I like to explore old railroad beds. Sometimes they still have rails, usually not. The High Line gives you a taste of what I find when I go exploring. It's been "civilized" in that the creosoted ties are gone, replaced by non-cancer-causing pressure-treated "rails". They're not as big as real ties, and they don't have real spikes, and ...
But enough railfan whining. They've done a bang-up job simulating an abandoned railroad bed. Go. Enjoy it.
When in New York I highly recommend taking some time to check this out. Great views nice trails
Currently about 1/4 of it is closed due to construction but I went this weekend for the first time and the view was great, it wasn't overly crowded, there are small food kiosks and random sidelined quiet entertainment. Overall I enjoyed my walk on the high line.
I really enjoyed an evening walk on the High Line. It was really pretty with the sun setting and the city light just starting to shine. I agree whole heartily with the reviewer who called it a different world from the city streets below. It was a highlight of my trip to the city.
Pleasant walk on a Sunday morning, impressed with the greenery and views, lots of access points. Will do again on a weekday to see if we can avoid some of the crowds.
One of the things I love most about the High Line is that it's different every time I visit it. Depending on the season, the time of day, and people who happen to be there, it's never the same experience. Photographers and artists will find an infinite supply of inspiration on the High Line.
My wife & I sent a week in NY with our daughter. She took us to the HIGH-LINE. This has to be one f the greatest idea's ever. It is very well planned out and talk about quite !! it was like being in another world while being in the Big Apple.
Looks like they are extending the path some more which is great to see, can't wait to go back and walk the new section and send more time on the HIGH-LINE.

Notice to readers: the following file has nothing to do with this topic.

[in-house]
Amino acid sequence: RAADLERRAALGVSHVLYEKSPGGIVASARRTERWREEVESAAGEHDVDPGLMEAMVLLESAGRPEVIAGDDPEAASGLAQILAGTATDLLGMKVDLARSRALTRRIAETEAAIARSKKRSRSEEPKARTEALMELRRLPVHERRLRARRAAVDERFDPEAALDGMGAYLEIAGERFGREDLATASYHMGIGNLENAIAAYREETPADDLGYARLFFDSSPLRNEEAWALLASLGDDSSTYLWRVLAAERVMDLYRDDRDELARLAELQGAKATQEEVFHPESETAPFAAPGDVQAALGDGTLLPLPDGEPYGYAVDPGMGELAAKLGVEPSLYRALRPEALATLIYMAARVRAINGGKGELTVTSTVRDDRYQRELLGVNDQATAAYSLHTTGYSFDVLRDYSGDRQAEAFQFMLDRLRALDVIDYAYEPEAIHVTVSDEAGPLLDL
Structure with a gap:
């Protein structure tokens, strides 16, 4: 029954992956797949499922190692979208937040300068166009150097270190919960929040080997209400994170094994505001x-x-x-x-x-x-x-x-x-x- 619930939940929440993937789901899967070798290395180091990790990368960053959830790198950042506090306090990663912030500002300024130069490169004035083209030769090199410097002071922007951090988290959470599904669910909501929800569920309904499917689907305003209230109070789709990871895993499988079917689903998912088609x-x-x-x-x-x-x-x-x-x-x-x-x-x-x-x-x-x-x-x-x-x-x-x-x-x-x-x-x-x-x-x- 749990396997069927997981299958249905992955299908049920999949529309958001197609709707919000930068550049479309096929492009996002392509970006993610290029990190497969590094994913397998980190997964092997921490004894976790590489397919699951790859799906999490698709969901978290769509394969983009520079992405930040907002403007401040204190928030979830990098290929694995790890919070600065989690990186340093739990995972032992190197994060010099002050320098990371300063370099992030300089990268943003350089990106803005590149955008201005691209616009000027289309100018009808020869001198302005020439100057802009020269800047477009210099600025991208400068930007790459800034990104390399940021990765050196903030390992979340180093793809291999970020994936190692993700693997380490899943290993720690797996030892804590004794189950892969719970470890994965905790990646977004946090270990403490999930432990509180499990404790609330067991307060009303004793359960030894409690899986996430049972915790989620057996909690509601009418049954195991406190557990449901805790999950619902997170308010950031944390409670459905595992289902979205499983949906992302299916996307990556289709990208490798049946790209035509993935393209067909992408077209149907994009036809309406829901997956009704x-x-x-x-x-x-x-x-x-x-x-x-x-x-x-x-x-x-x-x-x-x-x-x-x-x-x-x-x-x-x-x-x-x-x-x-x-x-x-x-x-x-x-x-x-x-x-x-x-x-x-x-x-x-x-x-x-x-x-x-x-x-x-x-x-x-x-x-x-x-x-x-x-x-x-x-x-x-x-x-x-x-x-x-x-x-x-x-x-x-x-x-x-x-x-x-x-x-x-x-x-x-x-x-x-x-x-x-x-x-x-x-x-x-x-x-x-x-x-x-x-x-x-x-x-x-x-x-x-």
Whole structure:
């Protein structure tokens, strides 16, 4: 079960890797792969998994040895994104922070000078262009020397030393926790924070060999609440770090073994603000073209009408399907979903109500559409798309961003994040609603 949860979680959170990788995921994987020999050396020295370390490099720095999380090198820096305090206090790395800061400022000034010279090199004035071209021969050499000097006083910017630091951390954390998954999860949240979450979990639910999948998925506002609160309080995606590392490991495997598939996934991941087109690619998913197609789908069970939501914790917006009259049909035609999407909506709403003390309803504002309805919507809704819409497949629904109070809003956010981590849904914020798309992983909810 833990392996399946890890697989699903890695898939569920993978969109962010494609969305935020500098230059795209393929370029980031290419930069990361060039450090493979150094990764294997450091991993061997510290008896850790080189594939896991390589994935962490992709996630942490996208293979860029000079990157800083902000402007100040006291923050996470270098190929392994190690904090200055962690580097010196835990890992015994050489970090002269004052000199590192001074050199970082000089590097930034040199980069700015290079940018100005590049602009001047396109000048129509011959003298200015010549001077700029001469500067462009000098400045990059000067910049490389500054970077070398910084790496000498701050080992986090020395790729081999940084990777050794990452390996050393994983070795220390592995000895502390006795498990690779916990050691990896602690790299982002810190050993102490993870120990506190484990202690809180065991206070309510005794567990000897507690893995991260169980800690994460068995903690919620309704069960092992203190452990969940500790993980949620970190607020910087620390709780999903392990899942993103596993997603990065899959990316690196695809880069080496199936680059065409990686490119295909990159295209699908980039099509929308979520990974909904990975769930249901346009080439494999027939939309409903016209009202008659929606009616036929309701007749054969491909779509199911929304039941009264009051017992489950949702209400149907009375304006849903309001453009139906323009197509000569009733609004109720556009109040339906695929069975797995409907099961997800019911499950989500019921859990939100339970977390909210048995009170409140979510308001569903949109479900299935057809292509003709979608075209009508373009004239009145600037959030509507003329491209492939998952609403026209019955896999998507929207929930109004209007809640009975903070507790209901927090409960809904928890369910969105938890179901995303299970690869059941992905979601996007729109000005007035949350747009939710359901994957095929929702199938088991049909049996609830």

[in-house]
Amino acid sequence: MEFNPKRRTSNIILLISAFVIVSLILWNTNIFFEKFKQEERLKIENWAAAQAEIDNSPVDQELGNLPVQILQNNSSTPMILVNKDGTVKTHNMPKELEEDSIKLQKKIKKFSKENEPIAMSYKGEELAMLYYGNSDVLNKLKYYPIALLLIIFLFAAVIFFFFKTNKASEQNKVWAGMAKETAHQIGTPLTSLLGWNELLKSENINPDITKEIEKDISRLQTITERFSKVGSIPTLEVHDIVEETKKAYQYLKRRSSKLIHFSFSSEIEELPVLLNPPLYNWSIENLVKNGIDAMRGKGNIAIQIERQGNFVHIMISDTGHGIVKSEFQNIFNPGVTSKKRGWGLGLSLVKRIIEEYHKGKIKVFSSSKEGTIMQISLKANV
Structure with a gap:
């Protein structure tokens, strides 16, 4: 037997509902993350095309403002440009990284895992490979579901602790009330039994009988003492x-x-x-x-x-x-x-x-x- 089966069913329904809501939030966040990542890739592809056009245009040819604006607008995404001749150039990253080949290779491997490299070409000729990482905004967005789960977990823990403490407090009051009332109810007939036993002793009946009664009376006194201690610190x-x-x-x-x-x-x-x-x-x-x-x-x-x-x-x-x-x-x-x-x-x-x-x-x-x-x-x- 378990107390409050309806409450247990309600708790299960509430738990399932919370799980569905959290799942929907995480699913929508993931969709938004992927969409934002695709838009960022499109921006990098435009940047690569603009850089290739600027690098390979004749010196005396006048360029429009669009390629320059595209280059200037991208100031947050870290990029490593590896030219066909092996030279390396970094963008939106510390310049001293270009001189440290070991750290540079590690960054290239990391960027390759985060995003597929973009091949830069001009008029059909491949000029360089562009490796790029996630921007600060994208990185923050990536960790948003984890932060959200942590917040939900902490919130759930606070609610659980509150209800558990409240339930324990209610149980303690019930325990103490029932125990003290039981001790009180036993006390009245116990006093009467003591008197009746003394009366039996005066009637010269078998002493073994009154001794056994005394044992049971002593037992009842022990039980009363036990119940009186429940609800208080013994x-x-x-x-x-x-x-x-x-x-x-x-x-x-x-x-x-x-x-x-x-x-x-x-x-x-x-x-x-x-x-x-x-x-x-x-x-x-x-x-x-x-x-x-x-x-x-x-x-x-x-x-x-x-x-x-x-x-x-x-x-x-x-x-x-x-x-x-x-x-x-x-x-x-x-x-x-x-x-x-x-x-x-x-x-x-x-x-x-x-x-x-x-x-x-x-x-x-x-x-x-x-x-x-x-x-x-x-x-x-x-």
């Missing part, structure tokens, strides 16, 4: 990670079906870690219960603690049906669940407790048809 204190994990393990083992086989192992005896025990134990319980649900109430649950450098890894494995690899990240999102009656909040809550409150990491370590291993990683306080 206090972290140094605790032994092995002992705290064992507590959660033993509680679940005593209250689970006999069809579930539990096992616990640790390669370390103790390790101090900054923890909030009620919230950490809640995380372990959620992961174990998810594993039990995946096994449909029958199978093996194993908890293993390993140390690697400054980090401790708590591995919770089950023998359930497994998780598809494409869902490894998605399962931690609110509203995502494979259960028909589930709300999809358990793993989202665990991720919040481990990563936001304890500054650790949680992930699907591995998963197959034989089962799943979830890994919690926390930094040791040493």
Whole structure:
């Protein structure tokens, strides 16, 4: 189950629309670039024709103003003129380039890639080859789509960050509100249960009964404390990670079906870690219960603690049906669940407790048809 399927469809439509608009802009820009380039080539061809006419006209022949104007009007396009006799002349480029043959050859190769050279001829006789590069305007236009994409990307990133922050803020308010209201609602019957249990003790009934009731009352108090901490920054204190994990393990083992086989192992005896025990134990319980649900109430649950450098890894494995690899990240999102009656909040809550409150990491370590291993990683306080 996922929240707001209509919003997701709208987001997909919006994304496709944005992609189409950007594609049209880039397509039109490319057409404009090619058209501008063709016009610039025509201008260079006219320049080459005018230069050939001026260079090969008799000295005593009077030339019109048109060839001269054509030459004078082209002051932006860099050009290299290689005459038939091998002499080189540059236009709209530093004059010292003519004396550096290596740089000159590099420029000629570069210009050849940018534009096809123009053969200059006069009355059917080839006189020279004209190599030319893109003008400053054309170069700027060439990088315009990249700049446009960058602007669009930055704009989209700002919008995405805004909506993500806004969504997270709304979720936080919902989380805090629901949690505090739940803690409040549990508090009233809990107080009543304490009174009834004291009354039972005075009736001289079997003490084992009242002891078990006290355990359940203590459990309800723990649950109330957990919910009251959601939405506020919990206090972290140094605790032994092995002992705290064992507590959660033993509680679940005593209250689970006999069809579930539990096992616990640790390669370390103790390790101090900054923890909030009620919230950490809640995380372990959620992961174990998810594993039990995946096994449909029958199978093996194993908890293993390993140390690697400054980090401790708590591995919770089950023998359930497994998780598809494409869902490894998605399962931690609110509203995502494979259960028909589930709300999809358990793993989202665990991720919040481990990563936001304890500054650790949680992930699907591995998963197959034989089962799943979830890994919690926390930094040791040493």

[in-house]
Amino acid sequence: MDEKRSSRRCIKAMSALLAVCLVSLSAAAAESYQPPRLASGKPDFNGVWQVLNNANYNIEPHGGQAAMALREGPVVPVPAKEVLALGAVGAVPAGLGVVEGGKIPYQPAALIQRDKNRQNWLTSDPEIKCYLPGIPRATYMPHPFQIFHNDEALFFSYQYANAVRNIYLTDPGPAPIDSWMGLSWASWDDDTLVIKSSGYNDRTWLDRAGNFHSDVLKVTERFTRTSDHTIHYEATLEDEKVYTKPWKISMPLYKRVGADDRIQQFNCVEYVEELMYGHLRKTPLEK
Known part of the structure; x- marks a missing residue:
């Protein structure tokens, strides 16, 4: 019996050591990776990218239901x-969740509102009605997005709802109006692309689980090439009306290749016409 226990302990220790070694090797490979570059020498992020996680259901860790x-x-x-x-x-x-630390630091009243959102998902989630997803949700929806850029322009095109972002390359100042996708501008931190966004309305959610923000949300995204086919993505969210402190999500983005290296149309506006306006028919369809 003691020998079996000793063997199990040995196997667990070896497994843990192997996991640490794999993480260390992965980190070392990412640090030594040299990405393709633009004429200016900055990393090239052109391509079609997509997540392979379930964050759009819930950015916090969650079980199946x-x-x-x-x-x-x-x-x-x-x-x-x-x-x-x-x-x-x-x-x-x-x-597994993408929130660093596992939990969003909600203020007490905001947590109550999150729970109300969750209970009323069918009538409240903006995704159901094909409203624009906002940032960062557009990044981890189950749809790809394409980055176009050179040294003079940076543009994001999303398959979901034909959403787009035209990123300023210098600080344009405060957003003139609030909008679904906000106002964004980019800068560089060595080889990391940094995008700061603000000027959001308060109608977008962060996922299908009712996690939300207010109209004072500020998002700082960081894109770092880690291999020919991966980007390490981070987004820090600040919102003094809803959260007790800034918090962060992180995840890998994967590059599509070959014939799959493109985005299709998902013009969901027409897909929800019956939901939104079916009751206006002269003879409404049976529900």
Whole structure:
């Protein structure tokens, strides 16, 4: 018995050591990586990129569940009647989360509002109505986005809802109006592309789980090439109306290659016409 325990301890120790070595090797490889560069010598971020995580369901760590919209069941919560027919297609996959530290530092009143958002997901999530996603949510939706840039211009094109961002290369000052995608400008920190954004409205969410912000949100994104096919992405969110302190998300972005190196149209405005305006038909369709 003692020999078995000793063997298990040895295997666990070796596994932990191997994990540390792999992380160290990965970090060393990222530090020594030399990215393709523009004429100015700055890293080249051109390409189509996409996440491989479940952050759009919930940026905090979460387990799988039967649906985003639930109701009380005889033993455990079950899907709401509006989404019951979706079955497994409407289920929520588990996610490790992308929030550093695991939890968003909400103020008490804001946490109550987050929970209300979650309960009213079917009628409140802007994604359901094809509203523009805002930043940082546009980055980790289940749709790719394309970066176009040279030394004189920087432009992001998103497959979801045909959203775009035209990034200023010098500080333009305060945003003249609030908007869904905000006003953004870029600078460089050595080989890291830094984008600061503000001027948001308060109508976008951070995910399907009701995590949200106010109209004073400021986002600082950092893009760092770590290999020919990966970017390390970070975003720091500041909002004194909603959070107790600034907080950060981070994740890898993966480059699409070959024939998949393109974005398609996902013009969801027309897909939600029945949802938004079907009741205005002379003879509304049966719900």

If you go to New York city you have to visit the HIGH-LINE.
We so enjoyed walking on this trail when we visited New York in early September. We had read about it in the Times and decided to check it out. It was quite an amazing feeling to be walking above the city streets. The view of the Hudson is spectacular. The day we were there, a volunteer was working on the wildflowers and herbs planted along the way, and these were quite wonderful. It's a very unique combination of the urban cityscape with the organic landscape of the wild plants and flowers planted in the beds created by old railroad ties.
I've had a number of memorable rail-trail experiences around the country - from the remote beauty of the Greenbrier River trail in West Virginia to the sweeping vistas of the West County trail in Napa Valley but nothing really compares to the experience I had on the High Line in New York City this past weekend. You can't really compare the natural scenic beauty of these great rural trails with an urban city trail but the experience of walking down the High Line as you take in impressions of concrete, steel, natural organic landscapes, towering skyscrapers and wide views of the Hudson River, all contributed to the surreal feeling of almost quietly being suspended above and far removed from the busy Manhatten city streets down below.
The first section that opened this past June is just over half a mile in length and we accessed the southern section from the Gansevoort street stairs. The High Line's excellent design includes sections of old tracks and iron railings and the concrete slabs on the trail make room for many sections of natural plant and grass varieties that were part of the old abandoned corridor's natural landscape. Highlights of the trail were the beautiful design elements of the trail itself, the glass art display at the Chelsea Market spur symbolizing the varieties of color reflected of the Hudson river and the views and reflections of the Frank Gehry building along the northern section of the trail. Highly recommended!